I always use what I have on hand ( thick fusible interfacing on the inside with a scrap of cotton fabric on the outside, and dual-duty thread in a color that matches as closely as possible the degree of fading on the jeans) rather than what she uses in the video. It works great and is virtually invisible. My kids love it and I love saving an otherwise good pair of jeans! It’s also good to know in case you run across ripped/torn jeans in the thrift shop or at garage sales. Darn them and they are as good as new!

  13. I use my sewing machine to sew on patches. I use a regular sewing machine needle with monofilament thread in the top and red or black thread on the bobbin. You have to change the patches so often as the boys advance in rank that using a contrasting thread on the bobbin makes it easy to see the stitches on the inside of the shirt when it’s time to remove them. Easily done with a seam ripper. The monofilament thread on the top means it doesn’t matter how perfect or unperfect your sewing is – it’s invisible! Works for any color patch, too!

  14. It’s winter here, and Australian homes are not built for winter – we like to pretend we live in a nice moderate climate, even in the southern states. In a weird way I find winter is a very productive time for me because staying active keeps me warmer. The past couple of weeks I’ve gotten so much done around the house, that when I picked the kids up from school and warned them not to go into the kitchen because the paint was wet, my daughter asked, “Are you redecorating the entire house?” The kitchen will be my last big project – although until a couple of days ago it wasn’t even on the radar, so who knows what I’ll decide to tackle next?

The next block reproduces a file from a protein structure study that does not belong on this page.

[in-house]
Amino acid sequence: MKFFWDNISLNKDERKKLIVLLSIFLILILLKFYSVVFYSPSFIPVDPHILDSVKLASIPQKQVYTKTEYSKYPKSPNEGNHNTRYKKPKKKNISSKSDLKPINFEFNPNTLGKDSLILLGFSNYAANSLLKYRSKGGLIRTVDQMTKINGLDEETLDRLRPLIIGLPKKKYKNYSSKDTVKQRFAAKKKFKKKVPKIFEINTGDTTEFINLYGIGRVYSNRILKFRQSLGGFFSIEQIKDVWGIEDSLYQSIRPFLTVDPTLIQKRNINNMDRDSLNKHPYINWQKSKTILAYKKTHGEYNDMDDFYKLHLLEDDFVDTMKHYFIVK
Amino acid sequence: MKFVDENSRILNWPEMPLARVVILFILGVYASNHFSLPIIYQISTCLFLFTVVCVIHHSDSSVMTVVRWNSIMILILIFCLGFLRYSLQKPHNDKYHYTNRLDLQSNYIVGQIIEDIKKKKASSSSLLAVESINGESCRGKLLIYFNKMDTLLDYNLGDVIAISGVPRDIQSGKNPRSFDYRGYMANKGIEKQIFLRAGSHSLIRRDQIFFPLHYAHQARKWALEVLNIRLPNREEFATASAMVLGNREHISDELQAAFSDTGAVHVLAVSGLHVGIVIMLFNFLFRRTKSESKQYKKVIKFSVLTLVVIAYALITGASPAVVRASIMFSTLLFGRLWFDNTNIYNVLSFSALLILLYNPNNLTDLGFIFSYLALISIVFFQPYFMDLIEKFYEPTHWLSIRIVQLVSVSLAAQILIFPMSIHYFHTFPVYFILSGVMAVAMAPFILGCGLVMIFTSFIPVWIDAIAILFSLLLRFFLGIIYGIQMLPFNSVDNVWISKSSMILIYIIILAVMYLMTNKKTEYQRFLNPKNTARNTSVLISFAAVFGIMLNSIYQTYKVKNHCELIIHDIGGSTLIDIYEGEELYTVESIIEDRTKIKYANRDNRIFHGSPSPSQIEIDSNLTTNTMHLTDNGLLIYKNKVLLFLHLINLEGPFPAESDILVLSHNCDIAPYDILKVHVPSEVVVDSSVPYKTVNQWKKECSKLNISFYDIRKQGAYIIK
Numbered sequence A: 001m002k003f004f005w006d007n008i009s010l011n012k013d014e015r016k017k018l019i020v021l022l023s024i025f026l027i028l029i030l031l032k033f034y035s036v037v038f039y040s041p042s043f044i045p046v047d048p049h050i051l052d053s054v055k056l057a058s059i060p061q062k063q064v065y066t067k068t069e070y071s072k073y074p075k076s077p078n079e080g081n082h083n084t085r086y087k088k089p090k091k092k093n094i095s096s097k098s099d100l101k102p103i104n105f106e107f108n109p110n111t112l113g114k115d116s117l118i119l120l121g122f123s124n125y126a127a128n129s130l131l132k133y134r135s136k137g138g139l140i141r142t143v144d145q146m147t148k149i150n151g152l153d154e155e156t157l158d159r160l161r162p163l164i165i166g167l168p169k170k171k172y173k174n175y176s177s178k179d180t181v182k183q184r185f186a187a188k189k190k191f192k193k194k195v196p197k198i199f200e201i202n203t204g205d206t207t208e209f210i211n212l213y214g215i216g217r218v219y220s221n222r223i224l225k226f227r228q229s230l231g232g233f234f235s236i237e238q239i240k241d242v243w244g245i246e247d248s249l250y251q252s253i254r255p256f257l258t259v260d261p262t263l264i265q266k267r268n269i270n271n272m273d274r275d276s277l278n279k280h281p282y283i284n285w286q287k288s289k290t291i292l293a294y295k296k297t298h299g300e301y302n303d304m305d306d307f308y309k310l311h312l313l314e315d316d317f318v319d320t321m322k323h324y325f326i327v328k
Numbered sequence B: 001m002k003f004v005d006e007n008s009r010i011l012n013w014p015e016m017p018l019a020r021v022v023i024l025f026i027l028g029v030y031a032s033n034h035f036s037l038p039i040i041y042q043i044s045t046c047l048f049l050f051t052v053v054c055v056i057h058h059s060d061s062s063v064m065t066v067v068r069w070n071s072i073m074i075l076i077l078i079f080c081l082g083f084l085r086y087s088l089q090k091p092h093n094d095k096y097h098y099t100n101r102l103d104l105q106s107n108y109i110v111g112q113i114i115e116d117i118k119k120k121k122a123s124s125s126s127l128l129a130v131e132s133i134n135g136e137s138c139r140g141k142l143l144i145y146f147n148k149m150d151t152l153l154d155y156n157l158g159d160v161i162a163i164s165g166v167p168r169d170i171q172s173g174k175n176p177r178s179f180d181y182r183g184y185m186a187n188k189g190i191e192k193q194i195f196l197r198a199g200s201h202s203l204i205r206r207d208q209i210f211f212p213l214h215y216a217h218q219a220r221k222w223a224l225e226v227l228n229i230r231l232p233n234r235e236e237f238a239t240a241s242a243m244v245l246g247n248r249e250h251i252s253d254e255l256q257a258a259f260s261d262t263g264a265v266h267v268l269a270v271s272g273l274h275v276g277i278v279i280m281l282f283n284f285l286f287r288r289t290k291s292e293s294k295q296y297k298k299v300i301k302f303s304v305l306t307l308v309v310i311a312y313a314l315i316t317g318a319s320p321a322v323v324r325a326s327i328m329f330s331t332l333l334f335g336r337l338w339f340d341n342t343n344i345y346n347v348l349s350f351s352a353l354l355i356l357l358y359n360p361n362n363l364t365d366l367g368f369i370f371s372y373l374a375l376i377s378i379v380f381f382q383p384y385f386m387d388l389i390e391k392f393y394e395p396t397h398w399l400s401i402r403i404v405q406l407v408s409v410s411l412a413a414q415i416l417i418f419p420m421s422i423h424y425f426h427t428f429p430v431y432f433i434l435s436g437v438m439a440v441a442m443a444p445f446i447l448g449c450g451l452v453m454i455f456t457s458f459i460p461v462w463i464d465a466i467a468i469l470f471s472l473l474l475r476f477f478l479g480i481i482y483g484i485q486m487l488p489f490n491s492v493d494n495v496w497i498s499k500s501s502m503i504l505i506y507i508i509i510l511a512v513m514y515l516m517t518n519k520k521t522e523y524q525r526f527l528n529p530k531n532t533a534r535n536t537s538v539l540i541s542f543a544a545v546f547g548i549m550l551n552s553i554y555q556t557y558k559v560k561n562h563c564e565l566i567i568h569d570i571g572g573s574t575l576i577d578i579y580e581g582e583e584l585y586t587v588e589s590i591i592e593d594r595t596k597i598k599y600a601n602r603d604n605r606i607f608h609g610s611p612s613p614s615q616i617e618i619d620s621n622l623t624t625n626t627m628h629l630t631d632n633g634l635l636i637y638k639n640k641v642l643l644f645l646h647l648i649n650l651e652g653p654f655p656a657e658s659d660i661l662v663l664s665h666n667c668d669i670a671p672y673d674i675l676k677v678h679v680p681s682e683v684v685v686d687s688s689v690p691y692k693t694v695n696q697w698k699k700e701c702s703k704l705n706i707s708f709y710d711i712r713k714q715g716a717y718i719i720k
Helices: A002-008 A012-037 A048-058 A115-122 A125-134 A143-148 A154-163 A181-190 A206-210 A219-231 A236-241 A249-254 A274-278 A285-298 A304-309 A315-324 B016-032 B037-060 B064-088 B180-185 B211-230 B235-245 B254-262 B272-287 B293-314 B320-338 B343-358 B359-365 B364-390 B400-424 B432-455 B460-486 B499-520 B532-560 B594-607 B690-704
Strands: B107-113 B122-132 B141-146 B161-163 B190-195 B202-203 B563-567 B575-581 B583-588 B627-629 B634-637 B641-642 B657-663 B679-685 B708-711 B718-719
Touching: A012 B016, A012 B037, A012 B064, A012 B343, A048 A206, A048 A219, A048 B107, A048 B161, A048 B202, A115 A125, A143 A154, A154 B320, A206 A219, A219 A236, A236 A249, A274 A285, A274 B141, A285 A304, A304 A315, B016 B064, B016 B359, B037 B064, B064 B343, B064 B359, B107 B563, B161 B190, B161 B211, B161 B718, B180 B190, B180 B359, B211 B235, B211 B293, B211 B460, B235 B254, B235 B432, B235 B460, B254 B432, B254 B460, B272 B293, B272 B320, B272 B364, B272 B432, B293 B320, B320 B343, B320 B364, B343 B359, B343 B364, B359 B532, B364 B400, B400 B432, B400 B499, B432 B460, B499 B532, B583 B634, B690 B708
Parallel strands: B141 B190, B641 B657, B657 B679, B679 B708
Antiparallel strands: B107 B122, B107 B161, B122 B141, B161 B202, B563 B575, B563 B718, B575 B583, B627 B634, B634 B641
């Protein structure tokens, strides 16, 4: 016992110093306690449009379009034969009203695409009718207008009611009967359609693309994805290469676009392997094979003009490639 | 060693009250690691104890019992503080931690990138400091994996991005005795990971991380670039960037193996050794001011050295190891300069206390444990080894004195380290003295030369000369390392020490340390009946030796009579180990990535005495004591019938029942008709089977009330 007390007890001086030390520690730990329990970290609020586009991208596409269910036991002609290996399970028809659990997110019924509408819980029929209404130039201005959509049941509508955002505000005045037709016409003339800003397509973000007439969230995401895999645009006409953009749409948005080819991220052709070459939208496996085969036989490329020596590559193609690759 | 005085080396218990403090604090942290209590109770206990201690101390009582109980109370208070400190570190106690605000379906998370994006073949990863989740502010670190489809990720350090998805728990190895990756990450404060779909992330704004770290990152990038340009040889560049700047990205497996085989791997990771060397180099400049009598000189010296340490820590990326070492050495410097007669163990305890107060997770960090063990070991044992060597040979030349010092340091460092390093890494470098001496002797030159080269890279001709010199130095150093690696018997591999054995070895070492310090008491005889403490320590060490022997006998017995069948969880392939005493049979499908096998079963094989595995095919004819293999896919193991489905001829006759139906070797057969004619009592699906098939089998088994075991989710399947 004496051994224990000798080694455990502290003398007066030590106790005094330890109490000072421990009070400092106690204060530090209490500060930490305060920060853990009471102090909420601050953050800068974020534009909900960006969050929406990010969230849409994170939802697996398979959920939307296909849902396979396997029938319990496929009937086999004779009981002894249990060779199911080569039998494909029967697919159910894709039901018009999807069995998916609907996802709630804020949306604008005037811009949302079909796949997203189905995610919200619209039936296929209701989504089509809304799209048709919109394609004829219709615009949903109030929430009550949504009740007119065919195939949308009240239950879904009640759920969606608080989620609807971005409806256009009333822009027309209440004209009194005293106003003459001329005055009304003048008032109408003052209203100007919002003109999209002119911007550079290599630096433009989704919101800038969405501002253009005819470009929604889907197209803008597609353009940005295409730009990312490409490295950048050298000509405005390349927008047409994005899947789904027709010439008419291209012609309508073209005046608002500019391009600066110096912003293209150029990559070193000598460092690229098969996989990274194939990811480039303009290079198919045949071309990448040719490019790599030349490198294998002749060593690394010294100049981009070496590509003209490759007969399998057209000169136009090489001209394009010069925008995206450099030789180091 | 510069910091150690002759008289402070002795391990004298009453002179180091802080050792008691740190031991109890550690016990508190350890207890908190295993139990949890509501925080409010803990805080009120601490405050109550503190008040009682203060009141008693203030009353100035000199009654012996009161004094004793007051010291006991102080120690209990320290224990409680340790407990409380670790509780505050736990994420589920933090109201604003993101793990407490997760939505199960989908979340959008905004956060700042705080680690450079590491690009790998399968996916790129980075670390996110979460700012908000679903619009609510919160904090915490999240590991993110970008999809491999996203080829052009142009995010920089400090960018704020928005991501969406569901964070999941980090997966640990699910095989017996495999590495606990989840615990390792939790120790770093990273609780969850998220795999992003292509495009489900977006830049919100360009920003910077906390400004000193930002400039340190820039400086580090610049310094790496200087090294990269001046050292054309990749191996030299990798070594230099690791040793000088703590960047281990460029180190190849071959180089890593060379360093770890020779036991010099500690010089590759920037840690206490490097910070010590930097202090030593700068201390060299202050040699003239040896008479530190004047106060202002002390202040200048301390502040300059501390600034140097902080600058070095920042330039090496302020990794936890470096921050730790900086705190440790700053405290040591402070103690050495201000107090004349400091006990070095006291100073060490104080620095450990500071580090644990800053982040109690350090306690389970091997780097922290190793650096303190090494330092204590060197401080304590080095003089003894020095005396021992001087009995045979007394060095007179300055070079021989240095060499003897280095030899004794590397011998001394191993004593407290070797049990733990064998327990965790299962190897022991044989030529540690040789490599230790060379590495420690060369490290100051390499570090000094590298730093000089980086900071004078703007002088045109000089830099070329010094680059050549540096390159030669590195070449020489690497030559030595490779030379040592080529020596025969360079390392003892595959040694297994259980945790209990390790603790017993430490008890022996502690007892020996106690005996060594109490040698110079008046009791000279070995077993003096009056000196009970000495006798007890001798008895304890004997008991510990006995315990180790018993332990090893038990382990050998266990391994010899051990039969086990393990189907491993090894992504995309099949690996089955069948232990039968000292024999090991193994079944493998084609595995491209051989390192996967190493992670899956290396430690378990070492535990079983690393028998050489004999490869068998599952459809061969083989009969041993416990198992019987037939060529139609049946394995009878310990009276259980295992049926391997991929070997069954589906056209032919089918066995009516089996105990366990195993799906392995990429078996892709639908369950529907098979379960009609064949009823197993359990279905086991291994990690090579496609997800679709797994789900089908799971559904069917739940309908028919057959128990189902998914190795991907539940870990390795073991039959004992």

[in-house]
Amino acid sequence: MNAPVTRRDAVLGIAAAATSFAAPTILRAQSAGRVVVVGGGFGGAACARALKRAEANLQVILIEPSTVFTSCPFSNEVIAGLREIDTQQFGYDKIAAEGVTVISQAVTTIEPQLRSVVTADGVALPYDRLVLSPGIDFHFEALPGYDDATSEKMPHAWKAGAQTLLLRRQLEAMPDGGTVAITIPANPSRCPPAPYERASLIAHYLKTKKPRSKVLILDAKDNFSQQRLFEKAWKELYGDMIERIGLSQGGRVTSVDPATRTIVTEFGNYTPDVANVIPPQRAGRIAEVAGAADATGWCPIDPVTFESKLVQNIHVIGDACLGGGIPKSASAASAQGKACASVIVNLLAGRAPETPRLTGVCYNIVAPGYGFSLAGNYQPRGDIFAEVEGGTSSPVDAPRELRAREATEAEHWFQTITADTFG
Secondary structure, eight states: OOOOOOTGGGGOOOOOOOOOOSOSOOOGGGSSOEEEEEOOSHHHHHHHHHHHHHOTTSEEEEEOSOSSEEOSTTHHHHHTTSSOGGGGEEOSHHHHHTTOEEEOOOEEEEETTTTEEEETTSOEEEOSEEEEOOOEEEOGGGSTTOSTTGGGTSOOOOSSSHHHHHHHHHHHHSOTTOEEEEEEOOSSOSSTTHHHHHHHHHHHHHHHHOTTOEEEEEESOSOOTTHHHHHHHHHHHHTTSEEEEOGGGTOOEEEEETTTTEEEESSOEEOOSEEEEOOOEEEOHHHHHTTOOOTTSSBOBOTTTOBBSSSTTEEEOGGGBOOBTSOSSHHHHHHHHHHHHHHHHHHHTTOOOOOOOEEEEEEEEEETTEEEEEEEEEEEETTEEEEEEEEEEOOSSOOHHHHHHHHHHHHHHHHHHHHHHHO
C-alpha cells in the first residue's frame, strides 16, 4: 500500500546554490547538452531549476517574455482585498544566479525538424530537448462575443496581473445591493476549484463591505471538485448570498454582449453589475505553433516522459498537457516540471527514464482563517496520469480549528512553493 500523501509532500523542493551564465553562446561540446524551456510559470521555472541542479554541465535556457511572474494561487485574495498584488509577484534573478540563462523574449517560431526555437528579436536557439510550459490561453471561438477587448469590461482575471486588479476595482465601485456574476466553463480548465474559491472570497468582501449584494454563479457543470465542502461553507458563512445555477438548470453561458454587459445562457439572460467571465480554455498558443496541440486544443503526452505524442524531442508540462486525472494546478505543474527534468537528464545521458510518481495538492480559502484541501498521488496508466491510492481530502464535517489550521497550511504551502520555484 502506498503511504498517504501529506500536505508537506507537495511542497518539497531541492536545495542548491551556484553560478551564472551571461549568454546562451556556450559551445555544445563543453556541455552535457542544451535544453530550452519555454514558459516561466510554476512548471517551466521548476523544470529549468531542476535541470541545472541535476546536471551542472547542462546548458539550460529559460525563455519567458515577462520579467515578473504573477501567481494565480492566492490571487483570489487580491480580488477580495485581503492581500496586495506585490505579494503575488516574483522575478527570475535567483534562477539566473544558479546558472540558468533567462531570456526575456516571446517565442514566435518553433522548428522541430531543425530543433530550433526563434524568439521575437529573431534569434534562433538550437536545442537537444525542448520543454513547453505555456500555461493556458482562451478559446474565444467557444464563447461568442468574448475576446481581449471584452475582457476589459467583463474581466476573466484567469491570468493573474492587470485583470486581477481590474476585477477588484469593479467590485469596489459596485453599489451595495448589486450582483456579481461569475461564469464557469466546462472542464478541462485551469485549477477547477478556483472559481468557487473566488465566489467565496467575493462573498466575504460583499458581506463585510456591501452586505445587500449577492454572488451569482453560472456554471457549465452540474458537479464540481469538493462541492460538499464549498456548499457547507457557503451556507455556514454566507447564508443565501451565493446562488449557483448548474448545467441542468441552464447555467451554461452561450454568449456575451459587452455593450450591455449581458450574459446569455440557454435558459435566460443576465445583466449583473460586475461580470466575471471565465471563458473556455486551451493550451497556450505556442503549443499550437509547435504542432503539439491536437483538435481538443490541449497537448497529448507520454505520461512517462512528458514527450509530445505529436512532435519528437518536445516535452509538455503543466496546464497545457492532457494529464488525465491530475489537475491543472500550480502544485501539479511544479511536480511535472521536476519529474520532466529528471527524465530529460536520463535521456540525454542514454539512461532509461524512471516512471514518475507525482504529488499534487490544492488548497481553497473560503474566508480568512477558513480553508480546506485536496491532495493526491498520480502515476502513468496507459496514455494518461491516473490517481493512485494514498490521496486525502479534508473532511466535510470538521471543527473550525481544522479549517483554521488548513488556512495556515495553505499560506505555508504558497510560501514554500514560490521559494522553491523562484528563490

My big goal for this week is to get my credits for prior learning finalised so that I know what classes to enrol in for my course, which starts in July. I have already received 4 credits for prior learning and am trying for another 4, which will mean I will hopefully be able to complete my studies in a year.

  15. I only have one day off from work this week so I plan to make the most of it! I’d like to: weed and mulch the front garden and put in some annuals, make rhubarb curd with the rhubarb that’s threatening to take over my yard, make veggie stock with the scraps that have taken over my freezer, and finish up schoolwork for one of my classes to get it out of the way as early as possible.

    Have a good week everyone!

  16. I feel a little under the gun this week with all the company.
    The other guest room still needs the remnants of my sewing gone temporarily(it doubles as my sewing room). Feeling totally frustrated last night, I took 2 empty laundry baskets in there. One was for donations and one was for keep. It is amazing how fast the donation basket filled and my keep basket – I was able to put away with in minutes!